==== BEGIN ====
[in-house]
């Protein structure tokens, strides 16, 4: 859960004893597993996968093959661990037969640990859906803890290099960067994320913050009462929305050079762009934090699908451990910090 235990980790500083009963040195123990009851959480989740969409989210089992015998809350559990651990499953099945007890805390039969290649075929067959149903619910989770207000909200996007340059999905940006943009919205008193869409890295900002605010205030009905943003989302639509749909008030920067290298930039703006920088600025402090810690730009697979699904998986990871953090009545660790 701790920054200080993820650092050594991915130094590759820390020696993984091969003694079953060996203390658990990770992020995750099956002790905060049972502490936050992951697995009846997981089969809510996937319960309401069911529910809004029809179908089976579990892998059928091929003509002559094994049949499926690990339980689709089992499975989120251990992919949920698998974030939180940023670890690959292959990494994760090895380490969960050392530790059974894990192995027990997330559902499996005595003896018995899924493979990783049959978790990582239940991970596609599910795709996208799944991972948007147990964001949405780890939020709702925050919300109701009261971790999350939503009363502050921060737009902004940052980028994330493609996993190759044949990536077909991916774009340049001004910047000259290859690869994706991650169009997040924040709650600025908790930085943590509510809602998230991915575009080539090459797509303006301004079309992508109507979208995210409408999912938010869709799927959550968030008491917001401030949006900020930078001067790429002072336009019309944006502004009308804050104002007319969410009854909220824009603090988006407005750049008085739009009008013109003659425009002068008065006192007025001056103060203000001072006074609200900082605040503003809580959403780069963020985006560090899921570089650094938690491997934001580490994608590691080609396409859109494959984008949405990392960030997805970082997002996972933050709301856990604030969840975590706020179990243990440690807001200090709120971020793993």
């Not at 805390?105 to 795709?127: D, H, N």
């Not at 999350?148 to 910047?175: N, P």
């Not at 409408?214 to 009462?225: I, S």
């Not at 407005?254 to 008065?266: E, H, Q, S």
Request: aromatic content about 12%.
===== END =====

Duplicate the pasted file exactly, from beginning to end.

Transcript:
[in-house]
């Protein structure tokens, strides 16, 4: 859960004893597993996968093959661990037969640990859906803890290099960067994320913050009462929305050079762009934090699908451990910090 235990980790500083009963040195123990009851959480989740969409989210089992015998809350559990651990499953099945007890805390039969290649075929067959149903619910989770207000909200996007340059999905940006943009919205008193869409890295900002605010205030009905943003989302639509749909008030920067290298930039703006920088600025402090810690730009697979699904998986990871953090009545660790 701790920054200080993820650092050594991915130094590759820390020696993984091969003694079953060996203390658990990770992020995750099956002790905060049972502490936050992951697995009846997981089969809510996937319960309401069911529910809004029809179908089976579990892998059928091929003509002559094994049949499926690990339980689709089992499975989120251990992919949920698998974030939180940023670890690959292959990494994760090895380490969960050392530790059974894990192995027990997330559902499996005595003896018995899924493979990783049959978790990582239940991970596609599910795709996208799944991972948007147990964001949405780890939020709702925050919300109701009261971790999350939503009363502050921060737009902004940052980028994330493609996993190759044949990536077909991916774009340049001004910047000259290859690869994706991650169009997040924040709650600025908790930085943590509510809602998230991915575009080539090459797509303006301004079309992508109507979208995210409408999912938010869709799927959550968030008491917001401030949006900020930078001067790429002072336009019309944006502004009308804050104002007319969410009854909220824009603090988006407005750049008085739009009008013109003659425009002068008065006192007025001056103060203000001072006074609200900082605040503003809580959403780069963020985006560090899921570089650094938690491997934001580490994608590691080609396409859109494959984008949405990392960030997805970082997002996972933050709301856990604030969840975590706020179990243990440690807001200090709120971020793993």
């Not at 805390?105 to 795709?127: D, H, N």
């Not at 999350?148 to 910047?175: N, P």
């Not at 409408?214 to 009462?225: I, S």
């Not at 407005?254 to 008065?266: E, H, Q, S």
Request: aromatic content about 12%.